Project: 4.1.5

A decision tool for evaluating whether ex situ management is appropriate for a threatened species

Project Leaders: Tracy Rout, Eve McDonald-Madden, Nicola Mitchell


Research in Brief 

Ex situ management (e.g., captive breeding) can be used to increase the viability of a species in the wild by supplementing or creating wild populations.
 
Ex situ management can mean a expensive long-term commitment, with an uncertain chance of success. Sourcing individuals from the wild to start an ex situ program can impact wild populations. For these reasons it is often difficult to assess whether starting an ex situ program is the best way to increase the long-term viability of a species in the wild.
 
This research project will create an accessible decision tool to aid decision-making and planning for ex situ management of threatened species.


Boodies at Arid Recovery, a fox- and cat-free haven in arid South Australia. Boodies are now found in seven havens, and are extinct outside the haven network. Photo: Hugh McGregor / Arid Recovery

Why is the research needed?

Ex situ management actions, such as captive breeding, involve keeping individuals in artificial conditions under different selection pressures than those in natural habitat. Ex situ actions can increase the long-term viability of a species in the wild by supplementing existing wild populations or by creating new wild populations.

To successfully achieve this aim of improving the conservation of a species, a long-term commitment to ex situ management is often necessary, which involves a large financial investment and considerable commitment of expertise and infrastructure. Success is not guaranteed - it can be difficult to breed animals in captivity, animals can lose adaptive behaviours that help them survive in the wild, and both animals and plants can lose genetic diversity and important adaptive traits. Also, removing individuals from the wild to start an ex situ management program can decrease wild population viability in the short-term.

However, ex situ actions have successfully brought species back from the brink before, and can seem like the only option to save a species that is rapidly declining. Given the high costs, large risks, and uncertainty involved, any decision to undertake ex situ management should be carefully considered and planned to enable resources to be used efficiently and effectively.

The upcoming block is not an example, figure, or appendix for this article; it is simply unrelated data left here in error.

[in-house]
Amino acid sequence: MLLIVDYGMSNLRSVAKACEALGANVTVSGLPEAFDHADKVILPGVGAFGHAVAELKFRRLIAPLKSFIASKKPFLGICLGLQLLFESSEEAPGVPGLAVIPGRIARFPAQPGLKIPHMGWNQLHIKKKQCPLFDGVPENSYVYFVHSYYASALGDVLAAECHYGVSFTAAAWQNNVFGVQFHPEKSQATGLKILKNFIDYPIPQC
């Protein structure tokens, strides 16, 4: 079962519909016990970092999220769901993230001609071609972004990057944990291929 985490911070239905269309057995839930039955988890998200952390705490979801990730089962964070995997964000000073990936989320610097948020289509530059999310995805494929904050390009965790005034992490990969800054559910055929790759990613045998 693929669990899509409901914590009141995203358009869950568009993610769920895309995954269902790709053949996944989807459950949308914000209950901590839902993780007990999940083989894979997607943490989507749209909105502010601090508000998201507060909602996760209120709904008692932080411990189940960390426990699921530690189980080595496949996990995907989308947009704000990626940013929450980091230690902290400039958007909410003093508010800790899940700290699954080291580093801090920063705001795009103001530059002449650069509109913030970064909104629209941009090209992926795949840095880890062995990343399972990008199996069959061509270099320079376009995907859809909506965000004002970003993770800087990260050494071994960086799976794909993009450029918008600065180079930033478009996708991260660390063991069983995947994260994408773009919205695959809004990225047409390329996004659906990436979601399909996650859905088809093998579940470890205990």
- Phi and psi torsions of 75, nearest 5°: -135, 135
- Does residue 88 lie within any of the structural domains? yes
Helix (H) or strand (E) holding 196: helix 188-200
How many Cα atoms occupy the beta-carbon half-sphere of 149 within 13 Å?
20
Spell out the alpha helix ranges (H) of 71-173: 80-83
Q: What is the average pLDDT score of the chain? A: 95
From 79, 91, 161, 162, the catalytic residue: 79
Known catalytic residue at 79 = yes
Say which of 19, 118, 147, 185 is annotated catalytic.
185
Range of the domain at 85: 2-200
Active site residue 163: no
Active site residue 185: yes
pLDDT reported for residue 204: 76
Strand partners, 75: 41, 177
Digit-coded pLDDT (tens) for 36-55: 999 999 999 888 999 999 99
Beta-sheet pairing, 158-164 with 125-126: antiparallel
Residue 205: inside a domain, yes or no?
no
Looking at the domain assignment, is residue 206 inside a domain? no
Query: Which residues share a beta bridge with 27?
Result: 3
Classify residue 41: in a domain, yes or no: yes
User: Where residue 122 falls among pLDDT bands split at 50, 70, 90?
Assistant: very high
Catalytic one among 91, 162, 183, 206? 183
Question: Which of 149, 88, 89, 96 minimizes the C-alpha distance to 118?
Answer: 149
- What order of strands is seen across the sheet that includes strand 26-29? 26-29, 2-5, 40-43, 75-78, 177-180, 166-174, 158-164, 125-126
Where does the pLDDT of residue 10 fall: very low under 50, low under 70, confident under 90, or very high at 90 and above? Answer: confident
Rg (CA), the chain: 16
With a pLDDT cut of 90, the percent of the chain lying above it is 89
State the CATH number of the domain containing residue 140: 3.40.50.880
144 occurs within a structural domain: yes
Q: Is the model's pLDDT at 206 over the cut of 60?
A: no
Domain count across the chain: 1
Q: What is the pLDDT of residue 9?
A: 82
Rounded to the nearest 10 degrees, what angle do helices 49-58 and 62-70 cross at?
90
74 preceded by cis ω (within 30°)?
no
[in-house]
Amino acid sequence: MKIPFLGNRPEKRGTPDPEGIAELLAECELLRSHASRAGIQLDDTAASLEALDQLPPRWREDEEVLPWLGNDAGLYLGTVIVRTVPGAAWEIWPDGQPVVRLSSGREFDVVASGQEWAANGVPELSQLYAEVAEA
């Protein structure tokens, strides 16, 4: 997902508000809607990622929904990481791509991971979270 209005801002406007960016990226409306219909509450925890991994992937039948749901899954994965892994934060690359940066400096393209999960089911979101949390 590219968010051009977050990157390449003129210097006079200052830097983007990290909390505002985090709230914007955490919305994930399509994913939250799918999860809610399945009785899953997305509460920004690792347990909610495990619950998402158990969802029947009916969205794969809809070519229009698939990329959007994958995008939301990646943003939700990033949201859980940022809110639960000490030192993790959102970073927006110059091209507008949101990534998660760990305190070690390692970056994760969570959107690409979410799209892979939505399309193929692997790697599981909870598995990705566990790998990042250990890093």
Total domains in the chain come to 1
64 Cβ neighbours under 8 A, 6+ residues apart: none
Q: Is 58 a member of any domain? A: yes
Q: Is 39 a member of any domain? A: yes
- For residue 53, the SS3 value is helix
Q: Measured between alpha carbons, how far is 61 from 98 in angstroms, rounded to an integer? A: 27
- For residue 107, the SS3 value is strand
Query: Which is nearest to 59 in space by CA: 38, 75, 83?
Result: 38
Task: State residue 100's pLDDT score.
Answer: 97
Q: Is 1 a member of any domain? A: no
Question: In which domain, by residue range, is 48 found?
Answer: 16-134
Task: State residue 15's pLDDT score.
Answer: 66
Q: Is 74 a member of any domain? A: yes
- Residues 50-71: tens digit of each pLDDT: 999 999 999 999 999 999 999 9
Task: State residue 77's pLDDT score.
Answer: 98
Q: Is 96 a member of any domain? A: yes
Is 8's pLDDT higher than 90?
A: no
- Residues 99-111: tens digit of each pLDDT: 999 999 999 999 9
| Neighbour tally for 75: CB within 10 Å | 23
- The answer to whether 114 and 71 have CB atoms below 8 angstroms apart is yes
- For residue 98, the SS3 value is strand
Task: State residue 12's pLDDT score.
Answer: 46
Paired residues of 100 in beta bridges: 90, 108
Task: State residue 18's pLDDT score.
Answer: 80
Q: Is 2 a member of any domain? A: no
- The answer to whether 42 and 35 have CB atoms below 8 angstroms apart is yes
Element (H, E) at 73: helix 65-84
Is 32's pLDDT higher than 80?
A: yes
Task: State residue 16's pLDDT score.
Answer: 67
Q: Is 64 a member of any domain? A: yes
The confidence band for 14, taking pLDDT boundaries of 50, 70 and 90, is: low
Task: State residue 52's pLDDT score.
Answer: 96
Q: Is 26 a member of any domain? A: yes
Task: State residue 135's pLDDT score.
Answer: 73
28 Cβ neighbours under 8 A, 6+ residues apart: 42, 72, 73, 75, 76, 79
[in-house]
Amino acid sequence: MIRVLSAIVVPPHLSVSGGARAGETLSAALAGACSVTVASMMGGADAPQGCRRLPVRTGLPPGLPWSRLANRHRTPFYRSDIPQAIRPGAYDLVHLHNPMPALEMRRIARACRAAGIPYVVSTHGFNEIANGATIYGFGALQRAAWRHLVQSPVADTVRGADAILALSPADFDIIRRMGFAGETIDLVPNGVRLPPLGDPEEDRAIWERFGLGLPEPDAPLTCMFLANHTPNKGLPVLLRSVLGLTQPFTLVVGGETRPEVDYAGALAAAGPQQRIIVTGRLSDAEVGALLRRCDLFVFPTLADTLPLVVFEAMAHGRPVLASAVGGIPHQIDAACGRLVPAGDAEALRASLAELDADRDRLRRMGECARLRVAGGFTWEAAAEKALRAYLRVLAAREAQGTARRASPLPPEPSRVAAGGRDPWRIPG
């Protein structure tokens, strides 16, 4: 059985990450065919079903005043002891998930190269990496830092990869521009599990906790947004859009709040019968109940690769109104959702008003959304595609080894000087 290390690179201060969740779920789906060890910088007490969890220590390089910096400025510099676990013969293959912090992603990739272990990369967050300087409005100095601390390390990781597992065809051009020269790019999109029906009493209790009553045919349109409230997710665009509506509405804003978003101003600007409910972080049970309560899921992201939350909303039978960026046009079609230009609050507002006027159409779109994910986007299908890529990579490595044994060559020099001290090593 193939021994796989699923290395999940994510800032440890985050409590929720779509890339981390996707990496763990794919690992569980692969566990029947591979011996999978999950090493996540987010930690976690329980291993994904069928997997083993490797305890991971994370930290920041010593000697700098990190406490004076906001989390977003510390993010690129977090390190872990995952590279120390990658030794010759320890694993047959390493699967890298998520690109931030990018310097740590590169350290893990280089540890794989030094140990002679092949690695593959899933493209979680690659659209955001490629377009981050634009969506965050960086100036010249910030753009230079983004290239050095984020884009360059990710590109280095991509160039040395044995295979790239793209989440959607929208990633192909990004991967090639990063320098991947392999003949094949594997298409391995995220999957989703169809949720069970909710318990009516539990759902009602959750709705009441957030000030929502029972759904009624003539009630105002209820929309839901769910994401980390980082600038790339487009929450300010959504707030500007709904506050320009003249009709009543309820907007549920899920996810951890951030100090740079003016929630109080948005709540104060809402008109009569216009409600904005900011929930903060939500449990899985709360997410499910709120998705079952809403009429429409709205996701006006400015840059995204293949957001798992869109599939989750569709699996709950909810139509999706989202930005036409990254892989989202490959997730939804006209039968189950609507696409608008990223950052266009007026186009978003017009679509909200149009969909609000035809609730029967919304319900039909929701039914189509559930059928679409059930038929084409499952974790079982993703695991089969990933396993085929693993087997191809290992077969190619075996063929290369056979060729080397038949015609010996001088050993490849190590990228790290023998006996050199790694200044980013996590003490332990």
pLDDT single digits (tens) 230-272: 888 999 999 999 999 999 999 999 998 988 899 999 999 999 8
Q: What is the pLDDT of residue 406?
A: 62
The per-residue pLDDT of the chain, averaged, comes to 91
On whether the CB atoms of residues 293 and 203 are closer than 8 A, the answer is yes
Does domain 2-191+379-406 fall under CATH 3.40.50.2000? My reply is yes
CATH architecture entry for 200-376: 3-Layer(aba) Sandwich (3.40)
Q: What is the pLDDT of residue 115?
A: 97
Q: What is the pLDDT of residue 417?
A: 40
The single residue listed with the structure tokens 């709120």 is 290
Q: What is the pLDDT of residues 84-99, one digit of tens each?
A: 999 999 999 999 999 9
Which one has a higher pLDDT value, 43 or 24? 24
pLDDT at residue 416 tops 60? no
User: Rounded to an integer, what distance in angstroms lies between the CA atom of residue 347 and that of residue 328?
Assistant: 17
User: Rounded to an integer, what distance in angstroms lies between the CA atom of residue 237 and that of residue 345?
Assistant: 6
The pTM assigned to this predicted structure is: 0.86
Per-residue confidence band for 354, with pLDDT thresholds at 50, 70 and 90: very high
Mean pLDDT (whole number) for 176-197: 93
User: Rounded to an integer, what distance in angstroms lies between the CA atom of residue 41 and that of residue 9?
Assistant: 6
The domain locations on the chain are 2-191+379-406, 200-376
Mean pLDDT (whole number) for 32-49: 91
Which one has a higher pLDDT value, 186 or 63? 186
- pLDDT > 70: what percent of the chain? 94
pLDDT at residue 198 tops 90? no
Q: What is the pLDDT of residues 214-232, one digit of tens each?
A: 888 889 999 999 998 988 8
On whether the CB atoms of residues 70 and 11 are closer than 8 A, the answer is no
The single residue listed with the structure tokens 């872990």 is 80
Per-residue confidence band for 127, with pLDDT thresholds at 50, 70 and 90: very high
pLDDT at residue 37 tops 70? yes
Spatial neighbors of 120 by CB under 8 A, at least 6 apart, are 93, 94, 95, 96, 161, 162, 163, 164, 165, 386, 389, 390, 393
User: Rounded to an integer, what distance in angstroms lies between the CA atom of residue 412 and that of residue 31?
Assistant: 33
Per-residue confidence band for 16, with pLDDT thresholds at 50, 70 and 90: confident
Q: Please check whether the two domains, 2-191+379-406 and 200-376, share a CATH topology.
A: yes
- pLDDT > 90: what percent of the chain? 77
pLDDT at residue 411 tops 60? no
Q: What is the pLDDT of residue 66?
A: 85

How can the research help?

This project will produce an accessible decision tool for assessing whether the benefits of a proposed ex situ plan are worth the risks, in terms of the long-term viability of a species in the wild. The tool can be used by individuals or in a group workshop setting.

It will guide the user through questions to define a proposed ex situ management plan, followed by a decision tree to evaluate whether the benefits of the management plan are worth the risks. We intend the tool to be suitable for recovery and conservation planning for both animal and plant species.

Providing an accessible means for conducting a decision analysis will:
  • Allow evidenced-based decisions that take into account the best available information, while identifying important information gaps
  • Increase transparency around decision-making, which can improve stakeholder relationships
  • Facilitate detailed planning and foresight of ex situ management actions, which will improve the success rate of actions undertaken.
Overall, enabling better decision-making will allow managers to achieve better conservation outcomes for threatened species.


What research activities are being undertaken?

The decision tool will be developed in consultation with project partners, and tested through application to several case study species, such as the dibbler (Parantechinus apicalis).


Who is involved?

This project is being led by researchers from The University of Queensland and the University of Western Australia, in partnership with staff from the Australian Government Department of Environment and Energy and the Western Australian Department of Biodiversity, Conservation, and Attractions.


Where is the research happening?

This research will create a useful tool for conservation management nationally.


When is the research happening?


This project will run until December 2019.


Further information

For more information please contact Tracy Rout - t.rout2@uq.edu.au     

Top image: Inside the ACT Government’s captive breeding facility for northern corroboree frogs. Photo: Peter Taylor